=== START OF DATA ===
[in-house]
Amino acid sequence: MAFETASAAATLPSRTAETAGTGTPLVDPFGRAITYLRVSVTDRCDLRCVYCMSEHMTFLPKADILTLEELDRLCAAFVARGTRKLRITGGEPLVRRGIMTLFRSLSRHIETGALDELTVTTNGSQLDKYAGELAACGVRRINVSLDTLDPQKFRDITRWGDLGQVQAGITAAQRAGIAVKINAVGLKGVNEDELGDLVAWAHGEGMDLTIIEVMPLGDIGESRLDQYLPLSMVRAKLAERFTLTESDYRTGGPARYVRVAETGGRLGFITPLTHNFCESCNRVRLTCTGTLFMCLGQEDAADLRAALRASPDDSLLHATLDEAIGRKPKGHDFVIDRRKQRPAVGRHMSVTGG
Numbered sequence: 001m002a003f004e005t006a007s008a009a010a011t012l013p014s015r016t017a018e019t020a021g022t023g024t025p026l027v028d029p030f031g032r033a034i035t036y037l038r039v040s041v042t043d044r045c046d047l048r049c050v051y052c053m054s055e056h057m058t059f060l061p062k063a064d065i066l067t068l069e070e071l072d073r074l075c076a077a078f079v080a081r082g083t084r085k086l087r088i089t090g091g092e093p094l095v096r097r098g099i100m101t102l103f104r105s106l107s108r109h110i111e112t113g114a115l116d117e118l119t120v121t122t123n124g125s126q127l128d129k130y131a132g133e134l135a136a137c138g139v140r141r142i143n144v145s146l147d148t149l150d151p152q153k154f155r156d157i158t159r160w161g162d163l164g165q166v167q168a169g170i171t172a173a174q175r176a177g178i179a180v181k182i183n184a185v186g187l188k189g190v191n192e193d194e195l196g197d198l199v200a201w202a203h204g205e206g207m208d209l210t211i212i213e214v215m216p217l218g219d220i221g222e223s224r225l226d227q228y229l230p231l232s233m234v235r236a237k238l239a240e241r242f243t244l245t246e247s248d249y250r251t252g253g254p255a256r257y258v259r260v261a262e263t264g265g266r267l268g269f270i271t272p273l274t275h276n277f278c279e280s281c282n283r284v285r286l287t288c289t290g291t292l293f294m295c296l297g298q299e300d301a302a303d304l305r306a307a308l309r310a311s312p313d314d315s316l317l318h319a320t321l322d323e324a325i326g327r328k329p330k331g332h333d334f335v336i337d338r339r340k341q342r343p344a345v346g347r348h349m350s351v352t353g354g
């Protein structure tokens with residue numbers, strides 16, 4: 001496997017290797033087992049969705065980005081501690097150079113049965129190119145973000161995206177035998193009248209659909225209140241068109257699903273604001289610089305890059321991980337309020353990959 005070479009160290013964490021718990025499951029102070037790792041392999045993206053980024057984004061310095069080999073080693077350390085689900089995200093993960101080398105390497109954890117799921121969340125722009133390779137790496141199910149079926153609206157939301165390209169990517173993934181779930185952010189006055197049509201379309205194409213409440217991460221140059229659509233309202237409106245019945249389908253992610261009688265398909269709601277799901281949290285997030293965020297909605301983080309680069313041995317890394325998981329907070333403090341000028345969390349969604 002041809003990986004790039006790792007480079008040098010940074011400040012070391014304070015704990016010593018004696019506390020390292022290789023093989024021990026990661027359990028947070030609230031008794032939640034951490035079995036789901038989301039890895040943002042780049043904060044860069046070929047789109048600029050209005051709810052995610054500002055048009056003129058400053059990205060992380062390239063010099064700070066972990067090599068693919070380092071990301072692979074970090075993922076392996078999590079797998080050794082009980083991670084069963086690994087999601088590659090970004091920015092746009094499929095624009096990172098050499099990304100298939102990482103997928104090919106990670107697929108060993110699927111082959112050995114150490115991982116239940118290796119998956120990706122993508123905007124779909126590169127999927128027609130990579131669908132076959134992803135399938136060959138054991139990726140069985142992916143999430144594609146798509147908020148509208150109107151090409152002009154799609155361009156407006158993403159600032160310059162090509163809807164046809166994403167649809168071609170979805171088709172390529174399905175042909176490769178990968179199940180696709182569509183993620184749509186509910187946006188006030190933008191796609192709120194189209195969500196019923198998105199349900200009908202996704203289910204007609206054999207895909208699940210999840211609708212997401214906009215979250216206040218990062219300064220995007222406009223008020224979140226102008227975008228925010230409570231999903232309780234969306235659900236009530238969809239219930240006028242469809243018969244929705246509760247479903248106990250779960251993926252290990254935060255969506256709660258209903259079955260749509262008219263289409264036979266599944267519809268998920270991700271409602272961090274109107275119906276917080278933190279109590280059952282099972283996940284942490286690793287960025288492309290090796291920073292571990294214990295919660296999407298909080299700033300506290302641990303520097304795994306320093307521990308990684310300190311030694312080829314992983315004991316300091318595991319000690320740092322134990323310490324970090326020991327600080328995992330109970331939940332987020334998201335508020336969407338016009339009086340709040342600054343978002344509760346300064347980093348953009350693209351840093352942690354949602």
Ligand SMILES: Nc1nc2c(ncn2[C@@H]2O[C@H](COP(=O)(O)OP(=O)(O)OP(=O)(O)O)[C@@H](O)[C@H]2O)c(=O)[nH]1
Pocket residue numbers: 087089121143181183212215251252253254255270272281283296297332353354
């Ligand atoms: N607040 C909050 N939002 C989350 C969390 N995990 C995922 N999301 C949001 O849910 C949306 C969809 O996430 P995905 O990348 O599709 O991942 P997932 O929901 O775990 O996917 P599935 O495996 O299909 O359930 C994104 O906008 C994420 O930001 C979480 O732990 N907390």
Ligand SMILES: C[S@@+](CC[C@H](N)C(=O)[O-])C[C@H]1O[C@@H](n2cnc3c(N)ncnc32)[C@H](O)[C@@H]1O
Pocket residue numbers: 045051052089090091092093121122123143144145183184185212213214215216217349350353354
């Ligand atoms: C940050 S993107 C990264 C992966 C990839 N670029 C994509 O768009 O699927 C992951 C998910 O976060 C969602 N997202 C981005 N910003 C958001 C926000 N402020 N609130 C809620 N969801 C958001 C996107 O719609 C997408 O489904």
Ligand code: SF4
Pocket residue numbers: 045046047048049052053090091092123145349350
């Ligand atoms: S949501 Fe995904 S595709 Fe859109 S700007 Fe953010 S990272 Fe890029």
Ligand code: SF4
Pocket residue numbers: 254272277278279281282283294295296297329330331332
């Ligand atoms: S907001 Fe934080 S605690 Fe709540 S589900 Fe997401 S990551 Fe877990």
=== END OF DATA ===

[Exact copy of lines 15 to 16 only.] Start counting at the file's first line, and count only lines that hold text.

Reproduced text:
Pocket residue numbers: 254272277278279281282283294295296297329330331332
């Ligand atoms: S907001 Fe934080 S605690 Fe709540 S589900 Fe997401 S990551 Fe877990």